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Week in Regulation

A Notable Break in the Net-Cost Streak

In a relatively spry week, there were 15 rulemakings with some quantified economic impact. More notably, for the first time since the end of October, agencies came out on the cost savings side of the ledger. Measures from the Department of Justice (DOJ) and Environmental Protection Agency (EPA) lead the way. Across all rulemakings, agencies published $1.9 billion in total net cost savings but added 997,446 hours of annual paperwork.


  • Proposed Rules: 37
  • Final Rules: 65
  • 2020 Total Pages: 78,601
  • 2020 Final Rule Costs: $13.4 billion
  • 2020 Proposed Rule Costs: $20 billion


The most significant deregulatory rulemaking of the week was DOJ’s proposed rule regarding “Partial Filling of Prescriptions for Schedule II Controlled Substances.” The proposal would implement a portion of the Comprehensive Addiction and Recovery Act of 2016 in order “to allow for the partial filling of prescriptions for schedule II controlled substances under certain conditions.” The main purpose of this policy is to reduce the amount of unused opioids available to the public, and thus help reduce illicit use and addiction. This also leads to cumulative cost savings for the public since only paying for a partial fill that meets their medical needs, instead of a wasteful “full” one, necessarily costs patients less. DOJ estimates that this could result in annual savings of $636 million or roughly $2.6 billion in present value over a five-year window. Since this is only a proposed rule, however, it does not technically apply to the fiscal year (FY) 2021 regulatory budget.

The most significant final rule that contibutes savings to the FY 2021 budget comes from EPA’s rule entitled “Fuels Regulatory Streamlining.” The rule “updates many of EPA’s existing gasoline, diesel, and other fuel quality programs to improve overall compliance assurance and maintain environmental performance, while reducing compliance costs for industry and EPA.” The agency expects these actions to provide savings primarily due to greater “fuel fungibility” for consumers and decreased administrative burdens for fuel producers. For regulatory budget purposes, EPA estimates $479 million in present value savings.

While the administration’s FY 2021 regulatory budget caps are still forthcoming, so far into FY 2021 agencies have officially published 44 deregulatory actions and 13 regulatory actions (as defined by Executive Order (EO) 13,771), totaling $35.2 billion in quantified total net costs. It is worth noting at this point, however, that regardless of whether or not the current administration releases said caps, the Biden Administration assumes power in January 2021. It is highly unlikely that EO 13,771 will remain operative (at least in anything resembling its current form) beyond then, and thus the FY 2021 regulatory budget “window” will be a truncated one. Nevertheless, the American Action Forum (AAF) will continue to track EO 13,771 activity through the end of the administration to provide a record of the regulatory budget initiative’s historical legacy and implications. AAF’s review of the administration’s FY 2020 regulatory budget progress can be found here.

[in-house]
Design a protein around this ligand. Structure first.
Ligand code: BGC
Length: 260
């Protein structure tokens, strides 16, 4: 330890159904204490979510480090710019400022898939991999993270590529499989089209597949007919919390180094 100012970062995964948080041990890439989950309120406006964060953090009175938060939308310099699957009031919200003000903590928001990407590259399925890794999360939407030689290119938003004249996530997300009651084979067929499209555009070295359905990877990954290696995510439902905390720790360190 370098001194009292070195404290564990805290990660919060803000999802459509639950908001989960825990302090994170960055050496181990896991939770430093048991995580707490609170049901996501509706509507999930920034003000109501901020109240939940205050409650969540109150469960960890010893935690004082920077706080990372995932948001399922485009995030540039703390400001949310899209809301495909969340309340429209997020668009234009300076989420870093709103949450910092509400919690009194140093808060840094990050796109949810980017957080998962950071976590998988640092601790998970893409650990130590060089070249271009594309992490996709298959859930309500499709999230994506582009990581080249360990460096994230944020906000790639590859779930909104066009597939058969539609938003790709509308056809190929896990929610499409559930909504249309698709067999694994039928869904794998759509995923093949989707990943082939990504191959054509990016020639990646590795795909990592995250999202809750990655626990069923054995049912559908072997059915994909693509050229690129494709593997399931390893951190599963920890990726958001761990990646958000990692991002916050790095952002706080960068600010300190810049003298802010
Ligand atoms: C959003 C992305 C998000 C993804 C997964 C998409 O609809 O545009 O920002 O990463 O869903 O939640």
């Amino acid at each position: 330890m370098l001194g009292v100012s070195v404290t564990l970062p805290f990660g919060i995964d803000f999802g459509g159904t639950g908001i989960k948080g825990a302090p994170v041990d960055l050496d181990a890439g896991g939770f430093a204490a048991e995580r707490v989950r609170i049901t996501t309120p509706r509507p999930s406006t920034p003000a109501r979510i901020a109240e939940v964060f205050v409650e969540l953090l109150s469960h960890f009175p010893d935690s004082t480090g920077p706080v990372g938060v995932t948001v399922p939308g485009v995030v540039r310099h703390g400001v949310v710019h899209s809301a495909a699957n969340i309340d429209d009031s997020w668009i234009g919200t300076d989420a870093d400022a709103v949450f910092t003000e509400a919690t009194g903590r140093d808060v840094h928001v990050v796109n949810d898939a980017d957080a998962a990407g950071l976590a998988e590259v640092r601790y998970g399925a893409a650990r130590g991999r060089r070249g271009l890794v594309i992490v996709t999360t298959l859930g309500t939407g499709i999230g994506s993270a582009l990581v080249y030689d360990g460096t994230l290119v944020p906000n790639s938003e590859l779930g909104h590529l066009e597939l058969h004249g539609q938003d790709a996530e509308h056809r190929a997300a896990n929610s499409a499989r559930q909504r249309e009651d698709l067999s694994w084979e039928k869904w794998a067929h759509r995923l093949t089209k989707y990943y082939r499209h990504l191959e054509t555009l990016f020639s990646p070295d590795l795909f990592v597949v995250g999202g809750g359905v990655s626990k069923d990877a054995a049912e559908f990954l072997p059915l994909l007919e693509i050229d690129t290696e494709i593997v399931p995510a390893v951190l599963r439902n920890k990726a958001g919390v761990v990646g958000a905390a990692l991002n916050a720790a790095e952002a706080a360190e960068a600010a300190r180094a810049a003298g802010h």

This week, federal courts rule against three of the Trump Administration’s immigration rules.

Two federal courts handed down rulings against the Trump Administration in a pair of cases involving rules aimed at tightening immigration.

In the first ruling, issued on December 1, the U.S. District Court for the Northern District of California blocked two related interim final rules (IFRs) dealing with visas for high-skilled workers, specifically the H-1B, H-1B1, and E-3 programs. The first rule, published by the Department of Homeland Security (DHS) in October, limited the types of occupations that are covered by the H-1B program. The second rule, published simultaneously by the Department of Labor, raised the minimum wages that employers must pay workers in those visa programs. Research from AAF’s Isabel Soto and Tom Lee highlights the negative economic effects of the latter rule.

The judge in the case ruled that both agencies inappropriately sidestepped the notice-and-comment provisions of the Administrative Procedure Act by claiming that COVID-19 had caused an economic emergency endangering American workers. He denied these arguments primarily because the “emergency” that needed immediate regulatory action had existed for five months prior to the rules being published, which cast doubt on the urgent need for the actions.

In the second ruling, issued on December 2, the U.S. Court of Appeals for the Ninth Circuit upheld a previous injunction placed on the DHS’s Public Charge rule, though it reduced a nationwide injunction from a federal court in Washington to cover only the states and territories in the Ninth Circuit.

The three-judge panel split 2-1 against the Trump Administration. The judges in the majority decided that the rule was likely not a reasonable interpretation of the authorizing statute and that DHS acted in an arbitrary and capricious manner because it failed to consider the rule’s financial effects or the impact on public health and safety, and also did not sufficiently explain why it was reversing a policy that had been in place for 20 years. The dissenting judge noted that the U.S. Supreme Court has lately taken a dim view of injunctions on rules in similar cases and would likely strike down the injunction.


Since January 1, the federal government has published $33.5 billion in total net costs (with $13.4 billion from finalized rules) and 345.5 million hours of net annual paperwork burden increases (with 286.8 million hours due to final rules). Click here for the latest Reg Rodeo findings.